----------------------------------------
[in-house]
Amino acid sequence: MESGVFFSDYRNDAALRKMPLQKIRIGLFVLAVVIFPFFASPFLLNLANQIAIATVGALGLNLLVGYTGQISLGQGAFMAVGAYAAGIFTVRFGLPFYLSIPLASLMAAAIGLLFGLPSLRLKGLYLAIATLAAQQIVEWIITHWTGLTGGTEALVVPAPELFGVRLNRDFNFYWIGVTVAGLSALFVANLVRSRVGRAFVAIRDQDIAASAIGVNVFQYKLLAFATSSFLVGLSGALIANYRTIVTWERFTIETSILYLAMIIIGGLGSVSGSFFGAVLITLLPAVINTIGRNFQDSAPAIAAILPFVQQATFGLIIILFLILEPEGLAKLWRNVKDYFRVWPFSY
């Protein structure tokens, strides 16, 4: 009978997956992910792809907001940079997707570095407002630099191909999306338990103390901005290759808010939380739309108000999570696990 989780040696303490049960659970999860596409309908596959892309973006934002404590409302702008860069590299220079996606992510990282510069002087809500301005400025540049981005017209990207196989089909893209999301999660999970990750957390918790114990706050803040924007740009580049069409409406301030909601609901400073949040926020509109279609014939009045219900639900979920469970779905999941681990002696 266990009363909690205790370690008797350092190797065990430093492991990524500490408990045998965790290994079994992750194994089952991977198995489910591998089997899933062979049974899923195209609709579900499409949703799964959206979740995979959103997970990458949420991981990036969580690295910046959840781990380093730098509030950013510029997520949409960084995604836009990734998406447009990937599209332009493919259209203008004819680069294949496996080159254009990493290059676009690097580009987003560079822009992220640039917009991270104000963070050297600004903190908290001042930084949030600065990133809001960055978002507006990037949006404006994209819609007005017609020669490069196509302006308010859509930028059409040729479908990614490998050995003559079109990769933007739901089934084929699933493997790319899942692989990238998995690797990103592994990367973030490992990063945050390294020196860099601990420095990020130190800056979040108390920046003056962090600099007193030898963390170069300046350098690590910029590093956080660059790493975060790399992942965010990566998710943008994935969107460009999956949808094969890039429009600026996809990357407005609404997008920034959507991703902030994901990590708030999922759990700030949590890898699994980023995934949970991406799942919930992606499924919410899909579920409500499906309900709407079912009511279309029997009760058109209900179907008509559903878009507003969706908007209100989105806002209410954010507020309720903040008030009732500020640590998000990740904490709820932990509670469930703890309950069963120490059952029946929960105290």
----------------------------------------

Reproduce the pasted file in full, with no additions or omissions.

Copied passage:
[in-house]
Amino acid sequence: MESGVFFSDYRNDAALRKMPLQKIRIGLFVLAVVIFPFFASPFLLNLANQIAIATVGALGLNLLVGYTGQISLGQGAFMAVGAYAAGIFTVRFGLPFYLSIPLASLMAAAIGLLFGLPSLRLKGLYLAIATLAAQQIVEWIITHWTGLTGGTEALVVPAPELFGVRLNRDFNFYWIGVTVAGLSALFVANLVRSRVGRAFVAIRDQDIAASAIGVNVFQYKLLAFATSSFLVGLSGALIANYRTIVTWERFTIETSILYLAMIIIGGLGSVSGSFFGAVLITLLPAVINTIGRNFQDSAPAIAAILPFVQQATFGLIIILFLILEPEGLAKLWRNVKDYFRVWPFSY
């Protein structure tokens, strides 16, 4: 009978997956992910792809907001940079997707570095407002630099191909999306338990103390901005290759808010939380739309108000999570696990 989780040696303490049960659970999860596409309908596959892309973006934002404590409302702008860069590299220079996606992510990282510069002087809500301005400025540049981005017209990207196989089909893209999301999660999970990750957390918790114990706050803040924007740009580049069409409406301030909601609901400073949040926020509109279609014939009045219900639900979920469970779905999941681990002696 266990009363909690205790370690008797350092190797065990430093492991990524500490408990045998965790290994079994992750194994089952991977198995489910591998089997899933062979049974899923195209609709579900499409949703799964959206979740995979959103997970990458949420991981990036969580690295910046959840781990380093730098509030950013510029997520949409960084995604836009990734998406447009990937599209332009493919259209203008004819680069294949496996080159254009990493290059676009690097580009987003560079822009992220640039917009991270104000963070050297600004903190908290001042930084949030600065990133809001960055978002507006990037949006404006994209819609007005017609020669490069196509302006308010859509930028059409040729479908990614490998050995003559079109990769933007739901089934084929699933493997790319899942692989990238998995690797990103592994990367973030490992990063945050390294020196860099601990420095990020130190800056979040108390920046003056962090600099007193030898963390170069300046350098690590910029590093956080660059790493975060790399992942965010990566998710943008994935969107460009999956949808094969890039429009600026996809990357407005609404997008920034959507991703902030994901990590708030999922759990700030949590890898699994980023995934949970991406799942919930992606499924919410899909579920409500499906309900709407079912009511279309029997009760058109209900179907008509559903878009507003969706908007209100989105806002209410954010507020309720903040008030009732500020640590998000990740904490709820932990509670469930703890309950069963120490059952029946929960105290």